Both of those medleys are having some big step-up swims from freshmen on their butterfly legs. For Notre Dame, freshman flyer Katie Miller split 55.22, and they swam a good time without even using Cat Galleti – her addition to this relay probably improves it by almost a second.

Wisconsin used a similar strategy, putting freshman Dana Grindall on the fly leg instead of Rebecka Palm, and she too looked very good in 56.16.

With the race out-of-contention by the end, Ivy Martin split a relatively-modest 49.99 on Wisconsin’s anchor leg,  but she followed that up with winning times of 22.67 in the 50 free; 50.55 in the 100 free; and then a 50.32 lead-off leg on the 400 free relay where the Badgers ran away with a win of their own 3:24.87-3:30.49.

Outside of her domination, though, it was almost all Notre Dame. Emma Reaney picked up a win in the 200 free, swimming 1:50.42, with Kelly Ryan just behind in 1:51.03.

Reaney would then win the 100 breast in 1:02.04, fairly easily, and the 200 breast in 2:17.22, ahead of the 2:19.81 from Wisconsin’s Anna Meinholz. Reaney has sort of bounced around this season, but she’s had at least one outstanding swim at each meet so far, and this time it was her 1:00.9 medley relay split in the 100 breaststroke.

Notre Dame went 1-2-3 in the 100 backstroke. The aforementioned Katie Miller won in 56.36, with Cat Galleti taking 2nd in 56.63 and Catherine Mulquin placing 3rd in 56.76.

With that backstroke depth for the Irish, senior All-American Kelly Ryan has been pushed more-and-more toward the freestyle events this season. Her 200 backstroke, however, still looks like it will be a primary event from her this year, and she won the race on Saturday in 1:59.96.

Other winners for Wisconsin included Rebecka Palm, who won the women’s 100 fly in 55.19 ahead of Galleti’s 55.91. The Badgers also swept the two longest events of the meet: Caroline Palm won the 500 free in 5:00.88, and Aja van Hout won the 1000 free in 10:08.40. Wisconsin, right now, has the superior distance group of these two teams, going 1-2 in each of those races.

Notre Dame’s Bridget Casey won the 200 fly in 2:02.29, just out-touching Dana Grindall’s 2:02.45.

Both teams are now on a mini-hiatus until their mid-season invites. Notre Dame’s men and women will travel to the Hawkeye Invitational at the beginning of December, while Wisconsin will head to the Texas Invite that same weekend.

Full meet results available here.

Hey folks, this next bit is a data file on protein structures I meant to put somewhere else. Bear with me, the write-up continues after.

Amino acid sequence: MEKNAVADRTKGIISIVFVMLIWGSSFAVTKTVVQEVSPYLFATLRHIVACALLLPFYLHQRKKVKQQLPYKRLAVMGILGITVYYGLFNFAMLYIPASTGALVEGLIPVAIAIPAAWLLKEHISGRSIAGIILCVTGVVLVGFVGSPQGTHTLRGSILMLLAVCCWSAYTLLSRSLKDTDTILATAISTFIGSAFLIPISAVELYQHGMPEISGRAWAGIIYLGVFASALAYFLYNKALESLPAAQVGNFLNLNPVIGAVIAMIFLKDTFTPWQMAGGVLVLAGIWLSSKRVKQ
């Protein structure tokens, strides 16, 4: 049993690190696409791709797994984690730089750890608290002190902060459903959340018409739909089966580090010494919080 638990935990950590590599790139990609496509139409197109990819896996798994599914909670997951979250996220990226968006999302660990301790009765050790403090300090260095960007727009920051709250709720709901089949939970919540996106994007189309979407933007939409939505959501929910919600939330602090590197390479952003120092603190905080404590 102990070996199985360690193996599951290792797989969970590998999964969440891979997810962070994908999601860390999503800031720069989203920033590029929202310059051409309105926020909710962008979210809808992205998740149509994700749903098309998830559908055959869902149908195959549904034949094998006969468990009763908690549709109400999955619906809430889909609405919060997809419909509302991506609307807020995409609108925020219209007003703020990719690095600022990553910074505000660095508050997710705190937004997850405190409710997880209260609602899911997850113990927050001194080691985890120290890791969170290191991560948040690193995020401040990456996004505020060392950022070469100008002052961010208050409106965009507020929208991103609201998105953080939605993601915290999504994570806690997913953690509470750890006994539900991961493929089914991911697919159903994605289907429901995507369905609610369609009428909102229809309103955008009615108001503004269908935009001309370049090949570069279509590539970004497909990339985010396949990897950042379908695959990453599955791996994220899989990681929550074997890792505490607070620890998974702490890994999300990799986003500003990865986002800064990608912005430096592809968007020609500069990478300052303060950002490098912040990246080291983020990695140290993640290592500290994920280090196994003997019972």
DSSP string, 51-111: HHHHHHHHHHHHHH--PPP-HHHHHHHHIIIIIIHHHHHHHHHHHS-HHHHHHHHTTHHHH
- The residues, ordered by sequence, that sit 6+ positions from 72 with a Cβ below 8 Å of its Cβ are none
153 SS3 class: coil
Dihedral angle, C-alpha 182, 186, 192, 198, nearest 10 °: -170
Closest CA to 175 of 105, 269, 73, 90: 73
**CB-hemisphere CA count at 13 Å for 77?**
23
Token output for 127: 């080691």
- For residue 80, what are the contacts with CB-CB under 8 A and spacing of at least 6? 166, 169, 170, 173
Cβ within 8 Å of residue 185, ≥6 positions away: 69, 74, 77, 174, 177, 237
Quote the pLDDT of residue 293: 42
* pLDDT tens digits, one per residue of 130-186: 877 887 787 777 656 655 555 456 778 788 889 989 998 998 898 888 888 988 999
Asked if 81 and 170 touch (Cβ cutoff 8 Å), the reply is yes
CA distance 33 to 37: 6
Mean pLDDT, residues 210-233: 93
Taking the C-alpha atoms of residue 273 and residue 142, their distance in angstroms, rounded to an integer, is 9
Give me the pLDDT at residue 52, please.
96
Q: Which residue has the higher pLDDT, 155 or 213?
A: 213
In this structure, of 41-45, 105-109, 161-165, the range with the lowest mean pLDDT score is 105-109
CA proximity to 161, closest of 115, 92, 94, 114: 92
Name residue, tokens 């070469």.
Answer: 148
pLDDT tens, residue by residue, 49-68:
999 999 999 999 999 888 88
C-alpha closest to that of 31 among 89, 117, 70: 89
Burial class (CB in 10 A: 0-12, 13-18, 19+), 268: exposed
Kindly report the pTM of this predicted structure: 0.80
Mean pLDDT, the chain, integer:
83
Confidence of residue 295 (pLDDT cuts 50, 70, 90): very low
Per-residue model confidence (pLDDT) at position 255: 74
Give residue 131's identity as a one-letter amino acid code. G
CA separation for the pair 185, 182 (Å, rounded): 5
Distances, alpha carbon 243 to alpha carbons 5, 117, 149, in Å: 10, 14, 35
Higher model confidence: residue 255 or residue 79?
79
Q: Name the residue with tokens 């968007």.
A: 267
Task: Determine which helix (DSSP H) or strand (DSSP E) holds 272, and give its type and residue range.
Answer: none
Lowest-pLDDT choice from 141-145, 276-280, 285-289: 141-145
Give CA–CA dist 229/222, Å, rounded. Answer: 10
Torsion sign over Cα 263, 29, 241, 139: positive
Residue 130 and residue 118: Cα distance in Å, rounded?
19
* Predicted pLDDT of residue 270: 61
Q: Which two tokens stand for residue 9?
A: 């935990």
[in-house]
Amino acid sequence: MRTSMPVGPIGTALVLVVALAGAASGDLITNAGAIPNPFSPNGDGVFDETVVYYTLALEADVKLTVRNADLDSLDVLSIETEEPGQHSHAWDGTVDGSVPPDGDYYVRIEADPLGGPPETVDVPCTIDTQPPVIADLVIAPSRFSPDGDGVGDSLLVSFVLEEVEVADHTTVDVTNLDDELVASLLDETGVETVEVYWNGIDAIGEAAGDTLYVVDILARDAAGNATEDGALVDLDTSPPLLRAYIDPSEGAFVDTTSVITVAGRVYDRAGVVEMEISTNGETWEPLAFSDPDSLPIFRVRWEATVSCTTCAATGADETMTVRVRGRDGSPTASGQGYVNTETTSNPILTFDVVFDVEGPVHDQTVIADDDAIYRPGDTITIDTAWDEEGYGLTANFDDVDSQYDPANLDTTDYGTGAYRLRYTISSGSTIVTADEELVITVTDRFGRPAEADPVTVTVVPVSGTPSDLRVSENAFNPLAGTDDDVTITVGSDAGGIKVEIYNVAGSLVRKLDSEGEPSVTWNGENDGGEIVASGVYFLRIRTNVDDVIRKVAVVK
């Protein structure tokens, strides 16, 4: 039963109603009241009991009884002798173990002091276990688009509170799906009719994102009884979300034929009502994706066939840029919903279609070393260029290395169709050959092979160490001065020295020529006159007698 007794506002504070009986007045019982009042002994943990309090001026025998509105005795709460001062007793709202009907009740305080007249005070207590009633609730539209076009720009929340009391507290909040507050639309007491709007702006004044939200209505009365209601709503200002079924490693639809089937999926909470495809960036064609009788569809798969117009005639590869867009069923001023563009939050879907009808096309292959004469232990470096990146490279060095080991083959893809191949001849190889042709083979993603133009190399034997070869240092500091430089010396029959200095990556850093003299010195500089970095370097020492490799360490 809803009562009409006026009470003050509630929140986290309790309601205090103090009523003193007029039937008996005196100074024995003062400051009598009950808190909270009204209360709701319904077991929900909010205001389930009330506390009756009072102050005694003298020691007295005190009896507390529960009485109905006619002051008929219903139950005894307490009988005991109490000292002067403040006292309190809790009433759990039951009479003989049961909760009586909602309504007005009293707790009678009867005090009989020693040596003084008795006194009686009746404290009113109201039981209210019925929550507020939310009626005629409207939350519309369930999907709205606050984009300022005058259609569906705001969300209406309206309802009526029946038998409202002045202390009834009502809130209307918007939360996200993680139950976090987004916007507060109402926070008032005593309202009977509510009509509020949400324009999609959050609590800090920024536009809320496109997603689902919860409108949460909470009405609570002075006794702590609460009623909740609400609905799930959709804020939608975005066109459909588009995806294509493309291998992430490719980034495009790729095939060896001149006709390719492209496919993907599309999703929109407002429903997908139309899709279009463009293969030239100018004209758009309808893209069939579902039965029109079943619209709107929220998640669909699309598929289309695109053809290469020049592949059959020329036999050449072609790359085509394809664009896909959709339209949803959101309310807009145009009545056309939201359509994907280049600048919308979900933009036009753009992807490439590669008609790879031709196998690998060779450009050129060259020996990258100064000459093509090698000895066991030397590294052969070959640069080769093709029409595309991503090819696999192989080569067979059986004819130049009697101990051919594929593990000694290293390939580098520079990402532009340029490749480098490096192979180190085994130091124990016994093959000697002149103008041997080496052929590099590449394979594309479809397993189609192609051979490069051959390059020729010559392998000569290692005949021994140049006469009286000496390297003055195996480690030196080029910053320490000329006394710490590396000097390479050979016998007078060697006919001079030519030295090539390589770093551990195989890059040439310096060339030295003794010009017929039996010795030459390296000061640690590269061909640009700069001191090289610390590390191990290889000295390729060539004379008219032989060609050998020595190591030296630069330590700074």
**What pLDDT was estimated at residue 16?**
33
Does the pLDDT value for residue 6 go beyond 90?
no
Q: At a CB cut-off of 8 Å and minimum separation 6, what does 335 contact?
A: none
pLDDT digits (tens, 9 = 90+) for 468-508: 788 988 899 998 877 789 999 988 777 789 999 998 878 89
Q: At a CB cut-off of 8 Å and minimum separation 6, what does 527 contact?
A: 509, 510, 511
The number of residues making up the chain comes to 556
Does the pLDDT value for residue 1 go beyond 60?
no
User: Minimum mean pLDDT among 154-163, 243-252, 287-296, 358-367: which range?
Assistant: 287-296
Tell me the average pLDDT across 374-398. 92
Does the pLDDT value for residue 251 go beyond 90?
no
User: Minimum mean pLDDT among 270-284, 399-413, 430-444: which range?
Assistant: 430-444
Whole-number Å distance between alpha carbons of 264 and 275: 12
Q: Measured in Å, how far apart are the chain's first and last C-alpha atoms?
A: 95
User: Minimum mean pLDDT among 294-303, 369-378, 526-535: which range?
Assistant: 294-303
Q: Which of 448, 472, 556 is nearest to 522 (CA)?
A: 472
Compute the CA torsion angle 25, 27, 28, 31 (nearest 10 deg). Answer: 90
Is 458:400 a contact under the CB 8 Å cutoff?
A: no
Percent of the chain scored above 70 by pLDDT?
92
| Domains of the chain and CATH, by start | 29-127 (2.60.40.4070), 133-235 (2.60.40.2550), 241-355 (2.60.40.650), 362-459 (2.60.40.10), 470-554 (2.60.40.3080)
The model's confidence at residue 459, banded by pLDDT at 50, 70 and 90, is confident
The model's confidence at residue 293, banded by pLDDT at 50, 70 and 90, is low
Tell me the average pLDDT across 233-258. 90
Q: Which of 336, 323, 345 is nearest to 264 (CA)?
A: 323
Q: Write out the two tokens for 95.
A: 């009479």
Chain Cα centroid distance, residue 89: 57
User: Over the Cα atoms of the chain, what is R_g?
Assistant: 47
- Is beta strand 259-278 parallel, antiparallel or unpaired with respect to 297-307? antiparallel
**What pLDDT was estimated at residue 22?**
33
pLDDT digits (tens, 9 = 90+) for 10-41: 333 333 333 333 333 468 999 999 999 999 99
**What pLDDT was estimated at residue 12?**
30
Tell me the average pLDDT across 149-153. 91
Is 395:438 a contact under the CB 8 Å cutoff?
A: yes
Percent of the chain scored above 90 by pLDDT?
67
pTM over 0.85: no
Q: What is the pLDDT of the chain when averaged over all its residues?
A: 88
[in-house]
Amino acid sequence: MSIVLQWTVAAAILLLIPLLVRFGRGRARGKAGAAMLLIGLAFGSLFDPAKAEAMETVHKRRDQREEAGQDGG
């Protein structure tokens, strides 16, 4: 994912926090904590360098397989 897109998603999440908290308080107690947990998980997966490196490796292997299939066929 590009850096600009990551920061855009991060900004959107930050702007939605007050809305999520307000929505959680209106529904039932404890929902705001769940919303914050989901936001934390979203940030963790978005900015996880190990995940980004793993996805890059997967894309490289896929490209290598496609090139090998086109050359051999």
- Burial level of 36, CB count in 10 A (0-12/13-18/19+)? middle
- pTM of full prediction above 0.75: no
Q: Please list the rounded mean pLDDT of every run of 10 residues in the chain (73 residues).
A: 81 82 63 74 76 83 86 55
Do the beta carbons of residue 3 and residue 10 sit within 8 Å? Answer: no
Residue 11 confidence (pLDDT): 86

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PsychoDad

Good showing by ex-Nitro swimmers, Josh Anderson and Trent Jackson as well as other two freshman Texans (Pinfold and Clifton). Trent’s brother Tate (16 – Nitro) is one of the top ranked 16 year old sprinters in the country,

Swimfan123

Once again Wisconsin gave up over a second and half on the 400 medley relay by leaving Palm on the B. 56.1 may have looked good but the coaches at Wisconsin can not continually overlook the 54’s Palm has been putting down.

PAC12BACKER

Wow, really good wins for ND. Wisky men seemingly hurting in 100 & 200 butterfly, depth in sprint freestyles, and took a major pounding in diving. I will have to rethink my B1G conference championship predictions after the winter invite season/

GoCats

I think Swim Swam missed the big upset this weekend with Northwestern Men’s team beating the Badgers-it may have been a first in a very long time. The Wisc Men have not won a dual meet yet this season and the women’s team has one win against Northwestern.

JP

Badgers actually are doing a lot better in the freestyles than they have in previous years.

Pinfold and Clifton are already a better two than much of what they had last year (Lester and Weiss were the top two “sprinters,” and while they were decent, that definitely wasn’t what they were focusing on).

Just wondering what’s up with Barsanti – I understand the concept of the “taper swimmer,” but 22.5/50.0 (49.5 relay lead-off) from 20.5/45.0 seems just a touch ridiculous.

About Braden Keith

Braden Keith

Braden Keith is the Editor-in-Chief and a co-founder of SwimSwam.com. He first got his feet wet by building The Swimmers' Circle beginning in January 2010, and now comes to SwimSwam to use that experience and help build a new leader in the sport of swimming. Aside from his life on the InterWet, …